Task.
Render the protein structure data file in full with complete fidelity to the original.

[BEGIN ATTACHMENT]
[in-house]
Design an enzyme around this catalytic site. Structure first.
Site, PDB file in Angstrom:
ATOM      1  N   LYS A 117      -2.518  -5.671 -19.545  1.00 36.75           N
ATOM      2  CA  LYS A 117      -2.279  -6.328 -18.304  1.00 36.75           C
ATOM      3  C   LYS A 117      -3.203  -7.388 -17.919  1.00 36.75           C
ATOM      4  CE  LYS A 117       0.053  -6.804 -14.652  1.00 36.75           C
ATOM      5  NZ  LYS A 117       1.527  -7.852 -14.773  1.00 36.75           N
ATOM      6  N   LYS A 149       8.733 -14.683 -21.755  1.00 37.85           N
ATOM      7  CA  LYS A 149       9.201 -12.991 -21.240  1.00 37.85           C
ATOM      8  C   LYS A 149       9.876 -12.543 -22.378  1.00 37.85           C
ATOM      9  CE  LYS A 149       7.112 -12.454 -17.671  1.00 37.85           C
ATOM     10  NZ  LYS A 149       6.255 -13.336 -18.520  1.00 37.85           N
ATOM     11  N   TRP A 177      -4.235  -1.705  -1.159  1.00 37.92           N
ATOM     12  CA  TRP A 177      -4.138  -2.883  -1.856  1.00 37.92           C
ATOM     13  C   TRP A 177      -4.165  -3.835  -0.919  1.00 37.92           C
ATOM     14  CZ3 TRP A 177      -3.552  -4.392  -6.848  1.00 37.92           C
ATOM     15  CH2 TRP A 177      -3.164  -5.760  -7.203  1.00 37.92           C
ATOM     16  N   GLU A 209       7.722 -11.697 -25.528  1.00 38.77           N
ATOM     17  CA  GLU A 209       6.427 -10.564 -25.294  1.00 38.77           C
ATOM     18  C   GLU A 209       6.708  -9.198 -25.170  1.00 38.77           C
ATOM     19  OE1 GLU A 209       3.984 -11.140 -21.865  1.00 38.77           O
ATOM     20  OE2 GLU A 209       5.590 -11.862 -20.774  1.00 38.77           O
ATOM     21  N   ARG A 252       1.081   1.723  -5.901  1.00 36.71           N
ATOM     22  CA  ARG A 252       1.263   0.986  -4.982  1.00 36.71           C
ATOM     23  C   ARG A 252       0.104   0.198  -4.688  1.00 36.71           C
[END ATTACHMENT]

[in-house]
Design an enzyme around this catalytic site. Structure first.
Site, PDB file in Angstrom:
ATOM      1  N   LYS A 117      -2.518  -5.671 -19.545  1.00 36.75           N
ATOM      2  CA  LYS A 117      -2.279  -6.328 -18.304  1.00 36.75           C
ATOM      3  C   LYS A 117      -3.203  -7.388 -17.919  1.00 36.75           C
ATOM      4  CE  LYS A 117       0.053  -6.804 -14.652  1.00 36.75           C
ATOM      5  NZ  LYS A 117       1.527  -7.852 -14.773  1.00 36.75           N
ATOM      6  N   LYS A 149       8.733 -14.683 -21.755  1.00 37.85           N
ATOM      7  CA  LYS A 149       9.201 -12.991 -21.240  1.00 37.85           C
ATOM      8  C   LYS A 149       9.876 -12.543 -22.378  1.00 37.85           C
ATOM      9  CE  LYS A 149       7.112 -12.454 -17.671  1.00 37.85           C
ATOM     10  NZ  LYS A 149       6.255 -13.336 -18.520  1.00 37.85           N
ATOM     11  N   TRP A 177      -4.235  -1.705  -1.159  1.00 37.92           N
ATOM     12  CA  TRP A 177      -4.138  -2.883  -1.856  1.00 37.92           C
ATOM     13  C   TRP A 177      -4.165  -3.835  -0.919  1.00 37.92           C
ATOM     14  CZ3 TRP A 177      -3.552  -4.392  -6.848  1.00 37.92           C
ATOM     15  CH2 TRP A 177      -3.164  -5.760  -7.203  1.00 37.92           C
ATOM     16  N   GLU A 209       7.722 -11.697 -25.528  1.00 38.77           N
ATOM     17  CA  GLU A 209       6.427 -10.564 -25.294  1.00 38.77           C
ATOM     18  C   GLU A 209       6.708  -9.198 -25.170  1.00 38.77           C
ATOM     19  OE1 GLU A 209       3.984 -11.140 -21.865  1.00 38.77           O
ATOM     20  OE2 GLU A 209       5.590 -11.862 -20.774  1.00 38.77           O
ATOM     21  N   ARG A 252       1.081   1.723  -5.901  1.00 36.71           N
ATOM     22  CA  ARG A 252       1.263   0.986  -4.982  1.00 36.71           C
ATOM     23  C   ARG A 252       0.104   0.198  -4.688  1.00 36.71           C